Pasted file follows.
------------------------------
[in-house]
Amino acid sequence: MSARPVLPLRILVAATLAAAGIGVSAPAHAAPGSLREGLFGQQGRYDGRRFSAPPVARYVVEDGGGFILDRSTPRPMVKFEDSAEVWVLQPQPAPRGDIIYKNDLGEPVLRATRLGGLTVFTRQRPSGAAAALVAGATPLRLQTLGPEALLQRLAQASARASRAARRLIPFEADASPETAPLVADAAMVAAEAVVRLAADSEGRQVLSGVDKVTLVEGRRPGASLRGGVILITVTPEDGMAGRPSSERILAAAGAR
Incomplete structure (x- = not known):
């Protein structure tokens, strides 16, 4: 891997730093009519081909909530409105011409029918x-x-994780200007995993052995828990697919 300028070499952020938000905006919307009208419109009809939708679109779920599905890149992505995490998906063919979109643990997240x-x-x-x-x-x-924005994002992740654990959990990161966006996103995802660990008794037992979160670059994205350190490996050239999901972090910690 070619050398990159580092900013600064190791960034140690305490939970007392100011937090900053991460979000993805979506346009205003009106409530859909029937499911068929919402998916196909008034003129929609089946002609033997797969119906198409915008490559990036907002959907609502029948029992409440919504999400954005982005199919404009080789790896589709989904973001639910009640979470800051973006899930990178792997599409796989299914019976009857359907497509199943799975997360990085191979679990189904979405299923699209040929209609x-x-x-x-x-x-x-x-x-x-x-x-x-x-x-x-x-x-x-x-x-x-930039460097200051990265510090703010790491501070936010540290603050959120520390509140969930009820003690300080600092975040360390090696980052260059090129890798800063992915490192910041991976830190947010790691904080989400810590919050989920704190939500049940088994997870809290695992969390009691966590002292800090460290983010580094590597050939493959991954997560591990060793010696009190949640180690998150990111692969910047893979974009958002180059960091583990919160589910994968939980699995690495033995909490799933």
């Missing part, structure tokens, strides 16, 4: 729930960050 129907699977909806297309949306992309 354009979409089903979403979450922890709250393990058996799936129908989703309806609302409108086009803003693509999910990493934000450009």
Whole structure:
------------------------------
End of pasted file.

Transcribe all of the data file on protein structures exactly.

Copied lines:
[in-house]
Amino acid sequence: MSARPVLPLRILVAATLAAAGIGVSAPAHAAPGSLREGLFGQQGRYDGRRFSAPPVARYVVEDGGGFILDRSTPRPMVKFEDSAEVWVLQPQPAPRGDIIYKNDLGEPVLRATRLGGLTVFTRQRPSGAAAALVAGATPLRLQTLGPEALLQRLAQASARASRAARRLIPFEADASPETAPLVADAAMVAAEAVVRLAADSEGRQVLSGVDKVTLVEGRRPGASLRGGVILITVTPEDGMAGRPSSERILAAAGAR
Incomplete structure (x- = not known):
């Protein structure tokens, strides 16, 4: 891997730093009519081909909530409105011409029918x-x-994780200007995993052995828990697919 300028070499952020938000905006919307009208419109009809939708679109779920599905890149992505995490998906063919979109643990997240x-x-x-x-x-x-924005994002992740654990959990990161966006996103995802660990008794037992979160670059994205350190490996050239999901972090910690 070619050398990159580092900013600064190791960034140690305490939970007392100011937090900053991460979000993805979506346009205003009106409530859909029937499911068929919402998916196909008034003129929609089946002609033997797969119906198409915008490559990036907002959907609502029948029992409440919504999400954005982005199919404009080789790896589709989904973001639910009640979470800051973006899930990178792997599409796989299914019976009857359907497509199943799975997360990085191979679990189904979405299923699209040929209609x-x-x-x-x-x-x-x-x-x-x-x-x-x-x-x-x-x-x-x-x-x-930039460097200051990265510090703010790491501070936010540290603050959120520390509140969930009820003690300080600092975040360390090696980052260059090129890798800063992915490192910041991976830190947010790691904080989400810590919050989920704190939500049940088994997870809290695992969390009691966590002292800090460290983010580094590597050939493959991954997560591990060793010696009190949640180690998150990111692969910047893979974009958002180059960091583990919160589910994968939980699995690495033995909490799933």
């Missing part, structure tokens, strides 16, 4: 729930960050 129907699977909806297309949306992309 354009979409089903979403979450922890709250393990058996799936129908989703309806609302409108086009803003693509999910990493934000450009």
Whole structure: